L’intégration régionale en Asie depuis l’entrée de la Chine dans l’OMC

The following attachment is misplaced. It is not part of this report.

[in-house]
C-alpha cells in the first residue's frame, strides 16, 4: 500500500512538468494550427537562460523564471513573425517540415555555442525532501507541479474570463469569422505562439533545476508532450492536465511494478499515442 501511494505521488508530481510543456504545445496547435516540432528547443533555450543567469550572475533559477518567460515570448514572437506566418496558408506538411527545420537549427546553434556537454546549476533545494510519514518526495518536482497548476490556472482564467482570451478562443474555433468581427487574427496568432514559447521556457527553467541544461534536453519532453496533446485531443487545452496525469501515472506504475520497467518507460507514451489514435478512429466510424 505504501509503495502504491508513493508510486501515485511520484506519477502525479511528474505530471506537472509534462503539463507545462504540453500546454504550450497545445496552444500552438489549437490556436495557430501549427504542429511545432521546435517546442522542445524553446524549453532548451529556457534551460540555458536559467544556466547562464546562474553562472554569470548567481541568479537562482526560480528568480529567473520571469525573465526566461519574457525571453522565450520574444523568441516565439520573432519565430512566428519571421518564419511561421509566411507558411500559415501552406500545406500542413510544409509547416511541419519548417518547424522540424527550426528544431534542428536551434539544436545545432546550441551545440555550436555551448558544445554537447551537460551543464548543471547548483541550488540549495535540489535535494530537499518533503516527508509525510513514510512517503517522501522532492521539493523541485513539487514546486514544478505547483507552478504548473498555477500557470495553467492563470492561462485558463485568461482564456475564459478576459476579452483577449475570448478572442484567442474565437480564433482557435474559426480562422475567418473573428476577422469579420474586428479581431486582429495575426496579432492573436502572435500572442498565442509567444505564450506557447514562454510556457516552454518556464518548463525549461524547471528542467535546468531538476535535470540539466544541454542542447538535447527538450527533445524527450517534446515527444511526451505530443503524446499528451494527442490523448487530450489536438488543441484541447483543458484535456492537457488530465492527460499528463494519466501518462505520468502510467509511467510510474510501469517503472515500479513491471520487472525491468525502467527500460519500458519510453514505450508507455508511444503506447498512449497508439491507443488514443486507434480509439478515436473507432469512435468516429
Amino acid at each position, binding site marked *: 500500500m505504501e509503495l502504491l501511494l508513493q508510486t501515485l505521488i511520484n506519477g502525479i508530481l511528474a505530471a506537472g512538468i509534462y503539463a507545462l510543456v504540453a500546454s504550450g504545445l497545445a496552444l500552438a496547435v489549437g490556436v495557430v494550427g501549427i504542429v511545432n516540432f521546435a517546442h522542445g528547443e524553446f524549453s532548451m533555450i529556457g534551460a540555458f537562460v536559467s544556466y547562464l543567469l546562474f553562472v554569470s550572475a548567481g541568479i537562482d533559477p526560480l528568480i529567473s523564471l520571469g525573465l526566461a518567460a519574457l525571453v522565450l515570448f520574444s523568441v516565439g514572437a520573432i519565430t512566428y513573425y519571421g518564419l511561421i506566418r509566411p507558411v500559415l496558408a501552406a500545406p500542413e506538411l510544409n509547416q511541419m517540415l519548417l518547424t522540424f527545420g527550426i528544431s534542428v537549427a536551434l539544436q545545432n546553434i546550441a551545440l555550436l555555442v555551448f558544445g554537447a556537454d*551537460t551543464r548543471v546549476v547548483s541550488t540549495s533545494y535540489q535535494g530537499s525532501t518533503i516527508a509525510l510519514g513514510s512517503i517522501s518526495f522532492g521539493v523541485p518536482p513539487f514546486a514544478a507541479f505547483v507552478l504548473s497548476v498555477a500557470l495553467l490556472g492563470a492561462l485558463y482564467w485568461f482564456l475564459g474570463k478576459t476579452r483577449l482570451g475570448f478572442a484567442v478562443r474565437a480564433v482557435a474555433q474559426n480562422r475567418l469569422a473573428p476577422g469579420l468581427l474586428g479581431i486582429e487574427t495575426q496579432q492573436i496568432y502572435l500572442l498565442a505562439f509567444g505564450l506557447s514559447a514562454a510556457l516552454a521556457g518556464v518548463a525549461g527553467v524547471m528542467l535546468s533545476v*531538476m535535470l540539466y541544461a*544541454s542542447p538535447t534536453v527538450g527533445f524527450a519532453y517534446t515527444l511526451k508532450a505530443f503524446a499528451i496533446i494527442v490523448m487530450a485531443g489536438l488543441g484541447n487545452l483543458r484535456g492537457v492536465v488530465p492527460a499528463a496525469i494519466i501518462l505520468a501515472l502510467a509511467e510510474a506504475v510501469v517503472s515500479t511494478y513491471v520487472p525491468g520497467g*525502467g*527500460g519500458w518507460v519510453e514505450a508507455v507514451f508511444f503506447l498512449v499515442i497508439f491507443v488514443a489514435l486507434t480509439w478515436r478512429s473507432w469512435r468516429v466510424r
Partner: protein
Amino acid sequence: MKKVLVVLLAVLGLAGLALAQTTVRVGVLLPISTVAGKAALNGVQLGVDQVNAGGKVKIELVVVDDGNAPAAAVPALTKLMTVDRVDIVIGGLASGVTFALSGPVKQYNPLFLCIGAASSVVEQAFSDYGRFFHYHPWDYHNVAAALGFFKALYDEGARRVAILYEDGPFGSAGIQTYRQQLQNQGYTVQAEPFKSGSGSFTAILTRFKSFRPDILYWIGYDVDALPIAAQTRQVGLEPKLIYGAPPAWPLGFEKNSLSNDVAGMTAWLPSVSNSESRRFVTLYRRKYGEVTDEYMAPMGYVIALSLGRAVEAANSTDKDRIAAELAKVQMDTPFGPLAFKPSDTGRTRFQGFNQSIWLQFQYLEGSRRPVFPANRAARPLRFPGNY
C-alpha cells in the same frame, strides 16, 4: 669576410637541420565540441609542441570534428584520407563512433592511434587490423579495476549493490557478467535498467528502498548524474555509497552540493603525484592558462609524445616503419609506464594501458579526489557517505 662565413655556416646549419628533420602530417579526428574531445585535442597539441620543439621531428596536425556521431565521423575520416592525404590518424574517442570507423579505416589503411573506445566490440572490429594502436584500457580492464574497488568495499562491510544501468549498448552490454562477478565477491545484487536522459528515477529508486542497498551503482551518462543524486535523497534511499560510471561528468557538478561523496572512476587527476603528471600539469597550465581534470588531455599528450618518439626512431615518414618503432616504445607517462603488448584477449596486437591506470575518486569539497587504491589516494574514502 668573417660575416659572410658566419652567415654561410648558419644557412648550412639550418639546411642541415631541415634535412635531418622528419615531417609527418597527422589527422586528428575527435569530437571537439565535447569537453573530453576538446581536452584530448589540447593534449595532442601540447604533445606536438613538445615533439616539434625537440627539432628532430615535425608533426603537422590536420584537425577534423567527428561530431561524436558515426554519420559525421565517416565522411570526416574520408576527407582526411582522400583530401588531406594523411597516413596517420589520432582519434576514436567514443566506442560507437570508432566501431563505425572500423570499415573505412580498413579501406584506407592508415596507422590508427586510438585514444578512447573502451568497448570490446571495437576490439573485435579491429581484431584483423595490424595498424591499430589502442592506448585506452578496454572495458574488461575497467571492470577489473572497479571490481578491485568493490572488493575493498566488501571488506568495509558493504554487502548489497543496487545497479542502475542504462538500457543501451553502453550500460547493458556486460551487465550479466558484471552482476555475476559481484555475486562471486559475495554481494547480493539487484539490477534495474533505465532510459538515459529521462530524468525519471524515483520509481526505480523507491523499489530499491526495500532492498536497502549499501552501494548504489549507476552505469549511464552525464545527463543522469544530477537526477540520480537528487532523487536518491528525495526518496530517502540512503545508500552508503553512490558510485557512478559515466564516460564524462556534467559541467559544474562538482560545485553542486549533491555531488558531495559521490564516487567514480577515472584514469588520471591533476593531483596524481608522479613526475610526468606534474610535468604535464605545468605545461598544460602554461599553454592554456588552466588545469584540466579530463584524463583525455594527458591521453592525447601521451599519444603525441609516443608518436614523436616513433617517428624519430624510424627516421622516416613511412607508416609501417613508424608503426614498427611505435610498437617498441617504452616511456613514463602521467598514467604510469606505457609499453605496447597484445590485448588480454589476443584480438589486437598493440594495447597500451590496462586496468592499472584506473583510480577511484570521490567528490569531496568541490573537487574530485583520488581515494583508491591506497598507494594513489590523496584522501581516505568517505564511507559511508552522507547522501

Since their economic development got under way, the ASEAN countries – which essentially manufacture labour-intensive products – have been marked by strong regional integration brought about by the segmentation of the production process engaged in by Japanese companies. In these countries, successive relocations resulted in de facto economic integration at a time when various political groupings intent on blocking the development of communism were also emerging. Since joining the WTO, China – the world’s workshop – has become the hub for trade with the developed countries. In the face of such competition, the ASEAN countries will have to show their capacity to maintain their position in the value chain represented by the production of all of the Asian countries. While a number of econometric studies seem to indicate that the ASEAN countries will succeed in this undertaking thanks to the specific nature of their production apparatus, it is important neither to underestimate China’s ability to learn quickly and its determination to move further up the production chain nor to overlook the total absence of industrial policy on the part of governments in these countries which follow the advice of international organisations. It would seem that the ASEAN countries, faced solely with market forces, cannot hope to enhance their limited ability to move up the production chain.